There are only a handful of automobiles that instantly qualify as collectable, irreplaceable artefacts of their time, and Porsche’s 959 stands tall among them. Fewer than 300 were constructed, and many examples, including this ‘Komfort’ coupé, which has clocked a mere 635 kilometres from new, quickly vanished into private collections in Europe, Asia, Latin America, and the Middle East. Back in the early-1980s, a well-heeled and well-connected individual with a yearning to own the world’s fastest and quickest sports car had only one place to look: Porsche. Even access to the appropriate line of credit would not guarantee a spot among the lucky on the waiting list.
The world sat up and took notice when Porsche unveiled the stunning Type 959, or “Gruppe B”, at the 1983 Frankfurt Auto Show. The twin-sequentially turbocharged, all-wheel-drive coupé with its composite body shell was the company’s first supercar—a technological tour de force based on function rather than style. Porsche planned to build at least 200 to homologate the car for the FIA’s then-current Group B Rally series, where many leading European automakers were campaigning ferociously quick and agile racing cars disguised in production-like bodies. Development of the 959 began in 1981, but when Group B was abruptly cancelled in 1986, Porsche had no alternative but to continue its effort to build a small series of luxurious road cars with all-weather capability and the power to beat anything else on the road. Production began in 1987, and a total of 284 examples, including 29 lighter-weight sport versions, would be built, the last in 1992.
Built on the Carrera’s standard 89.4-inch wheelbase steel monocoque tub, the 959’s aluminium/carbon-fibre/Aramid/ FRP body shell was a full six feet wide, 50 inches tall, and 168 inches long overall, about 10 inches longer and a little wider than a stock 911. The 959 was readily identifiable as part of the 911 family, thanks to a passenger cabin barely altered in appearance from a standard Carrera coupé. The polyurethane nose, however, was blunter than that of the production car, while the rear quarters and tail were longer and sleeker, wearing large air inlets and vents and topped by a wide bi-plane spoiler. In spite of the various aero aids, the 959 boasted an enviable drag coefficient of 0.31, thanks in part to its full undertray.
It was underneath that composite shell that the 959’s technical brilliance was hidden. The rear-mounted flat six of 2,849-cubic centimetres used an air-cooled case with water-cooled heads, a system earlier proven on the company’s highly-successful 956 and 962 Group C racers. The pistons were aluminium, and the connecting rods were titanium. The 959’s DOHC cylinder heads carried four valves per cylinder, which were fed by a unique arrangement of twin KKK turbochargers. Operating sequentially, the primary turbo provided boost to about 4000 rpm, when the second turbo reached its operating range, allowing the engine to develop a claimed 450 horsepower at 6500 rpm with .9 bar of boost. Torque was rated at 369 foot-pounds at 5500 rpm. A Motronic engine management system also controlled the car’s many other electronic functions. Power was delivered through a multi-plate clutch and six-speed Borg-Warner gearbox to an advanced Porsche-Steuer-Kupplung all-wheel drive system that constantly and automatically varied torque to be delivered to the front and rear wheels. Under hard acceleration, up to 80% of the available power would be fed to the rear. This system gave the 959 incredible traction and road behaviour.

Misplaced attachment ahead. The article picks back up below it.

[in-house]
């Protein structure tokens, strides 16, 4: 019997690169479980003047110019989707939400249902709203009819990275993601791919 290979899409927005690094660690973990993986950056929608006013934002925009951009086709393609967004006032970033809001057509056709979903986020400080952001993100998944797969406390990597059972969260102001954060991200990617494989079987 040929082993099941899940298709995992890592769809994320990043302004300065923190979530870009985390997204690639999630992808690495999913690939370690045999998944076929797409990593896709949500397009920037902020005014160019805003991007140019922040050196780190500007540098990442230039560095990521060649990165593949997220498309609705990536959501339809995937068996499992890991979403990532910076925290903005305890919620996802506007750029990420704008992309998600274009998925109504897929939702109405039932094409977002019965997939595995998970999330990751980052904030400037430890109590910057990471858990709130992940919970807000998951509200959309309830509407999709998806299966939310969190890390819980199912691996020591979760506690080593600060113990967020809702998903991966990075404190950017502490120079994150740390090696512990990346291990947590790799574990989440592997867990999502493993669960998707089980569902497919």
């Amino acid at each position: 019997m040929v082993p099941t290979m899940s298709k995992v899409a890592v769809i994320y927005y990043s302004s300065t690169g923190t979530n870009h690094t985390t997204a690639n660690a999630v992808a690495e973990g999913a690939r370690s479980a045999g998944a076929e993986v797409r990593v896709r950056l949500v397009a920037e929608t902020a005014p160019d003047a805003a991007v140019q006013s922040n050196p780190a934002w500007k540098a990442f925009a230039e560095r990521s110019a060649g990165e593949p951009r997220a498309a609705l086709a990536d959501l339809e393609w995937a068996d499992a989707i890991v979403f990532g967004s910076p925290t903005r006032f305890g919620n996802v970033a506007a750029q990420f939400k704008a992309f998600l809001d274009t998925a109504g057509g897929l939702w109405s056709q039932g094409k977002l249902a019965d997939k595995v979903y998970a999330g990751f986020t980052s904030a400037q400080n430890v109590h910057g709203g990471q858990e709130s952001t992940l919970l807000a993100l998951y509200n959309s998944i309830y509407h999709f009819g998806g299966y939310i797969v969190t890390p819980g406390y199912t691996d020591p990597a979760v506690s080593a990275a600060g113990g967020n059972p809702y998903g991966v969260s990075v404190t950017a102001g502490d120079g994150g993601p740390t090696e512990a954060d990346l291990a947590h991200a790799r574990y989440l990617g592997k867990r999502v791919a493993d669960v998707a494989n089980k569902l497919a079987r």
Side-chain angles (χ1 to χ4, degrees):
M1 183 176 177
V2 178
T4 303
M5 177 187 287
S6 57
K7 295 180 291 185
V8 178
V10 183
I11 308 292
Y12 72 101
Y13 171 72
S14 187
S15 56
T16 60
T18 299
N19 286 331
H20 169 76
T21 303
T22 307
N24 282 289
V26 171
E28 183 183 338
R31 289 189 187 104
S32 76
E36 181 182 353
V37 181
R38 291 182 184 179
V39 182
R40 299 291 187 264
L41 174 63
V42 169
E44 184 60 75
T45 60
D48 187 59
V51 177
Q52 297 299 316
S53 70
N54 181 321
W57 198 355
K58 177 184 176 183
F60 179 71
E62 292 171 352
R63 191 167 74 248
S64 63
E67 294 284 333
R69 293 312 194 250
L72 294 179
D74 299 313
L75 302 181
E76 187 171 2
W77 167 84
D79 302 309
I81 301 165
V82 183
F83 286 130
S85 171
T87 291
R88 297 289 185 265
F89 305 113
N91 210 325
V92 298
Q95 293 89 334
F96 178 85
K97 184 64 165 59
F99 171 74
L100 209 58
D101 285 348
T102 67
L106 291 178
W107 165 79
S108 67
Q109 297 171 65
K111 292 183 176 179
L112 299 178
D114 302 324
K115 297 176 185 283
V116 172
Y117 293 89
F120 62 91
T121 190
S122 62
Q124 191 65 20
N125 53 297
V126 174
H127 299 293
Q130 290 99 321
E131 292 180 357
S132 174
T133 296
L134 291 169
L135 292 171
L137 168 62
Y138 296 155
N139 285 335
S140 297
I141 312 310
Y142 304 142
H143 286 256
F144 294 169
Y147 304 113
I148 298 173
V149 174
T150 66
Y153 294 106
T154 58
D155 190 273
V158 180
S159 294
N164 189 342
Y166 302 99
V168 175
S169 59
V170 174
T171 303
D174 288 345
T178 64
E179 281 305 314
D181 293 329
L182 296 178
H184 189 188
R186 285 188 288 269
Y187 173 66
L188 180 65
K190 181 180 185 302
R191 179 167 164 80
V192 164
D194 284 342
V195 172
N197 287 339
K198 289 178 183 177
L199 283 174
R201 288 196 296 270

The 959’s double-wishbone suspension offered three levels of body height adjustment, with both automatic and manual selection. There were two shock absorbers at each wheel, one electrically controlled, the other hydraulically from the engine. To cope with the car’s considerable 3,200 pound weight, large ventilated disc brakes measuring 322 millimetres in front and 308 millimetres in the rear, four-piston alloy callipers, and four-channel ABS were installed. Alloy wheels and run-flat tyres were standard.
The 959 is described as being extremely easy to drive, as docile as any production Carrera at lower speeds, but in the hands of an experienced driver, it is capable of delivering mind-bending acceleration: 0–100 km/h, or 62 mph, in 3.7 seconds, a standing quarter-mile in 11.9, 200 km/h in 13 seconds flat, and a top speed well in excess of 300 km/h for the sport version, and only a hair less in touring form. Until Ferrari’s F40 came along at five times the price and with much less exclusivity, the 959 could boast of being the world’s fastest production car.
Porsche reportedly invested $100 million in the 959 project, and although it sold every one it built, the company lost a huge amount of money on each. What Porsche gained, though, was the practical knowledge that allowed it to introduce a simplified version of the 959’s AWD system in the production 964 Carrera 4 introduced in 1989. All-wheel drive has been a mainstay of the Carrera series ever since.
450 bhp, air- and liquid-cooled twin-turbo six-cylinder alloy engine, six-speed manual gearbox with all-wheel drive, three-stage traction control and electronically adjustable ride-height and shock absorber control, double wishbone front and rear suspension, and four-wheel disc brakes with ventilated rotors. Wheelbase: 89.4 in.
Part of the RM Auction event in London, 2012.
Photo credit: Simon Clay
Source: RM Auctions